Hero U: Rogue to Redemption
Magic school adventure's slow pacing pays off in great game.
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Hero U: Rogue to Redemption
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A Lot or a Little?
The parents' guide to what's in this game.
What Parents Need to Know
Parents need to know that Hero U: Rouge to Redemption is a fantasy adventure game available for Nintendo Switch, Windows, Mac, and Linux PCs. Created by veteran designers Lori and Corey Cole, Hero U is their first game published together in over 20 years. It exists within the same universe as the Coles' famous 1990s adventure game series Quest for Glory, though no knowledge of the past series is required to follow this game. This story follows a young man who, after being caught stealing, is forced to attend Hero U, a magical school that trains heroes, as punishment. Players have the option to flirt with some of their classmates, with comments that aren't overtly sexual, but there are some unsolicited comments about female characters' appearance. Players can also indulge in some drinking and gambling in the game, which will have negative repercussions. There are some fights but no blood, and no fights are against human opponents.
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What’s It About?
In HERO U: ROGUE TO REDEMPTION, Shawn O'Conner is a bit of an outsider. After he's caught trying to steal a valuable coin from a flashy home, he's whisked away to magic school Hero U and forced to choose between going to jail or attending classes there. Shawn is assigned to the Rogue class, which at Hero U is called "Disbarred Bards," in order to avoid the stigma of roguish activities. Shawn soon meets his classmates -- Thomas, Caesari, Katie, Esme, and Joel -- and learns the daily routine of balancing classes, improving skills, and exploring the castle. Throughout each day, events such as exams and optional quests emerge as players make choices about who Shawn will become. Who will he become close to? Can he avoid the overbearing gaze of Headmaster Mortimer Terk, who will seemingly stop at nothing to find a reason to have Shawn expelled? Will Shawn spend more time in the library or sneaking around the halls past curfew? Most importantly, who is the anonymous sponsor who brought Shawn to Hero U in the first place?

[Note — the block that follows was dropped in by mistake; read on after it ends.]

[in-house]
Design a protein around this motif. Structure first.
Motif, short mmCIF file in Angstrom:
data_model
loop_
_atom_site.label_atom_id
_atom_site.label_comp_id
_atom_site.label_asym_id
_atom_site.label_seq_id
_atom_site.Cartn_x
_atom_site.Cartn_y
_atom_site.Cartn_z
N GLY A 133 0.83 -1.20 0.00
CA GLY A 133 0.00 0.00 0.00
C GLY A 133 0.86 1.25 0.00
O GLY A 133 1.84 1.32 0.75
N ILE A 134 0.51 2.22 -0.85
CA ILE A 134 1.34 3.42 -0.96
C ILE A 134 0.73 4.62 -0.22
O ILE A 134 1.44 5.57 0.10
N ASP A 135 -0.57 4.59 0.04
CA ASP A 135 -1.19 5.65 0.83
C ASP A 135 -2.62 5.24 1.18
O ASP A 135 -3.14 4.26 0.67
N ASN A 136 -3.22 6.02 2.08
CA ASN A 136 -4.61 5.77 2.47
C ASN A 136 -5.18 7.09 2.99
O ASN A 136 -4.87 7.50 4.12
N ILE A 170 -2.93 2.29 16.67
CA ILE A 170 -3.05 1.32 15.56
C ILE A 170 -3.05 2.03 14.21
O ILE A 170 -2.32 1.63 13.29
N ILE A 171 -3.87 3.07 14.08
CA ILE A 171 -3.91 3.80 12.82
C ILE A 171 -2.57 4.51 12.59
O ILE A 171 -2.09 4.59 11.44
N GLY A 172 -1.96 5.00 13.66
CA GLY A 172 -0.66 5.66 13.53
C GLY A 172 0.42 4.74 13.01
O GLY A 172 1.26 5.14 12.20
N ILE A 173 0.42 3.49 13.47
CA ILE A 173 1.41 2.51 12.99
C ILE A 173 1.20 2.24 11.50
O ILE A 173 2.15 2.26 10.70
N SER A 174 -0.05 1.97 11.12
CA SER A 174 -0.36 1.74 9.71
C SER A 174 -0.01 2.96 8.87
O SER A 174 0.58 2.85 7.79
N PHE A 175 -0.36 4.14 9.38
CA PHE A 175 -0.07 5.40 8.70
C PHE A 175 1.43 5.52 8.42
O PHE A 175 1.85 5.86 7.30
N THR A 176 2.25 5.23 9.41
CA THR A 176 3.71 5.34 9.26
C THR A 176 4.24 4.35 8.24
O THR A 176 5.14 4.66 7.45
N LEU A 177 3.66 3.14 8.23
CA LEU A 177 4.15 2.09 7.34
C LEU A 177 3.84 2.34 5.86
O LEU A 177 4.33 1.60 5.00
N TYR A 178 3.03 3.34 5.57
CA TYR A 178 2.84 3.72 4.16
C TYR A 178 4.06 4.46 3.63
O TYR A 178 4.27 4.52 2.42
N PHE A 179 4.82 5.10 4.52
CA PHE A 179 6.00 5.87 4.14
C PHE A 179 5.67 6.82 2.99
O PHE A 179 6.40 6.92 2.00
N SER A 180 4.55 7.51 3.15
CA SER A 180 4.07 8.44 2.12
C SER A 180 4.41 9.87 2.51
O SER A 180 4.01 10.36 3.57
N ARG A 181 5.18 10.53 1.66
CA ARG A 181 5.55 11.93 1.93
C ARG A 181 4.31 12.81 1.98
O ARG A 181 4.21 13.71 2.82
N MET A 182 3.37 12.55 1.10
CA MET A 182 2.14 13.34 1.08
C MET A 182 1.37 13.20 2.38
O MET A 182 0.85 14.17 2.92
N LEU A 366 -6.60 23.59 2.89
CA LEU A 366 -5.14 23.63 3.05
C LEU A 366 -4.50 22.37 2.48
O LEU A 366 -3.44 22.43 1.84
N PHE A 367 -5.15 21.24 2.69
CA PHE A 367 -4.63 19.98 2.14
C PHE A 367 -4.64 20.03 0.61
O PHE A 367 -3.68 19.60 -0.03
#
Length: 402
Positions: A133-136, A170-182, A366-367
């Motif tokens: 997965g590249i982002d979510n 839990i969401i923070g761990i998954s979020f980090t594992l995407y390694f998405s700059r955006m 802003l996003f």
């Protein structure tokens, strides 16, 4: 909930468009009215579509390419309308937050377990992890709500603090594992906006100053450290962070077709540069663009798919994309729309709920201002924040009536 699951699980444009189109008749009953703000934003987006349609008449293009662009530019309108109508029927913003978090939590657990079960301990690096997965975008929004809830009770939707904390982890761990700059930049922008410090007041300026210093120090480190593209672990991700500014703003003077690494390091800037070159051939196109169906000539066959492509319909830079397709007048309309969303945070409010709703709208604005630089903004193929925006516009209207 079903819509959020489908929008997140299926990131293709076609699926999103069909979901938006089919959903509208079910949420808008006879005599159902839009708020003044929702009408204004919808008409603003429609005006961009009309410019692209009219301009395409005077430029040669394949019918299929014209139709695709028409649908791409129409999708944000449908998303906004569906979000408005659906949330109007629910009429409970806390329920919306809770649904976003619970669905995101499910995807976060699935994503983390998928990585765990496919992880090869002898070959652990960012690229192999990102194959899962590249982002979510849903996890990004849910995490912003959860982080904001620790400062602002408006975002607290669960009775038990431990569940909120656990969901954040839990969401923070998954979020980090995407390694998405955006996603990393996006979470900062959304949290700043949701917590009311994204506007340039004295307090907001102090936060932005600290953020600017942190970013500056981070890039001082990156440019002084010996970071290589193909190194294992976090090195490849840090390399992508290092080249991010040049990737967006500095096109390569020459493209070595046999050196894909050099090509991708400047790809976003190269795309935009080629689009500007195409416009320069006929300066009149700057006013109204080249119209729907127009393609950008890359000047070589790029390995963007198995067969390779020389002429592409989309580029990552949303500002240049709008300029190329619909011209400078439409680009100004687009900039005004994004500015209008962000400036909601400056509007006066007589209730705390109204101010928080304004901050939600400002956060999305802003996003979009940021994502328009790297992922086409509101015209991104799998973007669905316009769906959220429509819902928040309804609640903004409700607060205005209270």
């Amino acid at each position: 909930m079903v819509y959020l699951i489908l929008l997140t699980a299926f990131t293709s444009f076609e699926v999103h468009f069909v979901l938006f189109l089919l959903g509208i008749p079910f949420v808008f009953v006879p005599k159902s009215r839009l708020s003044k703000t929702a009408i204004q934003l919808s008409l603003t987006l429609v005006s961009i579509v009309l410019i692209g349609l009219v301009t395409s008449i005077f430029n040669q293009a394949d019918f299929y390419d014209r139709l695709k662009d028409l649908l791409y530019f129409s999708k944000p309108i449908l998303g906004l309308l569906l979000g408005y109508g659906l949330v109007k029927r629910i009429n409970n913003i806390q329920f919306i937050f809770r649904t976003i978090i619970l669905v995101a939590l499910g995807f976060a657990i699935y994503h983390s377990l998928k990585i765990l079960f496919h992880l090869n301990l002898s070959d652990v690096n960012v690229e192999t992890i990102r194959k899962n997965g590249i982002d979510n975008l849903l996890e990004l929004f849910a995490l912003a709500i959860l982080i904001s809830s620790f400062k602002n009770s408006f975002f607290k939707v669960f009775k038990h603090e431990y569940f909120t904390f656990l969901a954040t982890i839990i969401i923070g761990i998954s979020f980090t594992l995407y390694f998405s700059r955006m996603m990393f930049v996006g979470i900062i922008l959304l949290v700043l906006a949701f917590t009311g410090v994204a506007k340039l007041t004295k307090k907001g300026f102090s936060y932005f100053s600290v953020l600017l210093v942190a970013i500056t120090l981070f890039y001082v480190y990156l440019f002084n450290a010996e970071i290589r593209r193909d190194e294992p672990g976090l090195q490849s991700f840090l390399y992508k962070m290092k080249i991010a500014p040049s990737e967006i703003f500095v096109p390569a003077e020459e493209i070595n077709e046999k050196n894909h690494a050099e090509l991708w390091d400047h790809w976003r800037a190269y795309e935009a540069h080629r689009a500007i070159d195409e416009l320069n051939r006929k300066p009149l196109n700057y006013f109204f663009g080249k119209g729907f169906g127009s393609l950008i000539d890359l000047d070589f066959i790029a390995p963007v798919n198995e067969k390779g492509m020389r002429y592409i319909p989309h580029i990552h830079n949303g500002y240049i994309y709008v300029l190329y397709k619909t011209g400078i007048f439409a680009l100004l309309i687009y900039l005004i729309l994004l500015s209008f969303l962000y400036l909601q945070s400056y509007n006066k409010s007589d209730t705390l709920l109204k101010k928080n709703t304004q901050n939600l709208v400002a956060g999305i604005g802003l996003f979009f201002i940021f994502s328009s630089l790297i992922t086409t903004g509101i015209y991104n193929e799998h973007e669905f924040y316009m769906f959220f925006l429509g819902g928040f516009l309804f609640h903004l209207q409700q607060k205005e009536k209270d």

Is It Any Good?
In the best way possible, this adventure feels like a game that was made 20 years ago. The dialogue in Hero U: Rouge to Redemption is offbeat and witty in a way that feels imperfect. It's slow to get started and doesn't give players all the answers they need right away. In a way, it's not offering instant gratification. Hero U is a great example, reminding players that old school doesn't necessarily mean outdated, and new doesn't necessarily mean innovative. While this slower-paced experience may feel more familiar to those who remember playing older games, it's not so foreign that younger players won't be able to appreciate it.
A positive standout feature is the lack of "right" and "wrong" choices in how players choose to spend their time. Many strategies will lead Shawn successfully throughout the story, since the only real goal is to avoid expulsion. There's also a relaxing element to the routine of each school day. Many events are the same, but each class lecture contains a unique cutscene that either moves the story along or offers information that will be relevant to a class exam question (which players have to remember the answers to and manually answer!). It's all but guaranteed that players won't be able to discover everything on the first playthrough, and understanding how to maximize Shawn's time every day between skill-building, peer relationships, and money-making for school supplies is difficult at first. It's easy to feel like not much is being accomplished in the first few days, but once players find a rhythm, the days move faster and become more rewarding, leaving extra time for optional quests and puzzles. Overall, fans of casual RPGs (role-playing games) and fantasy adventures are sure to appreciate the corny jokes and small details throughout this tale of adolescent shenanigans and hard-earned redemption.
Talk to Your Kids About ...
Families can talk about the ways that Shawn attempts to flirt with his classmates. What about his approach might be appropriate or inappropriate in real life, and what are realistic ways that people can tell if affection is reciprocated?
Is there ever a difference between stealing and "borrowing" items, as some game characters say? What's the correct way to borrow an item from a friend or family member?
- Platforms: Linux, Mac, Nintendo Switch, Windows
- Pricing structure: Paid
- Available online?: Available online
- Publisher: Transolar Games
- Release date: February 16, 2021
- Genre: Action/Adventure
- Topics: Magic and Fantasy, Adventures
- ESRB rating: T for Fantasy violence, suggestive themes, simulated gambling, use of alcohol.
- Last updated: March 4, 2021
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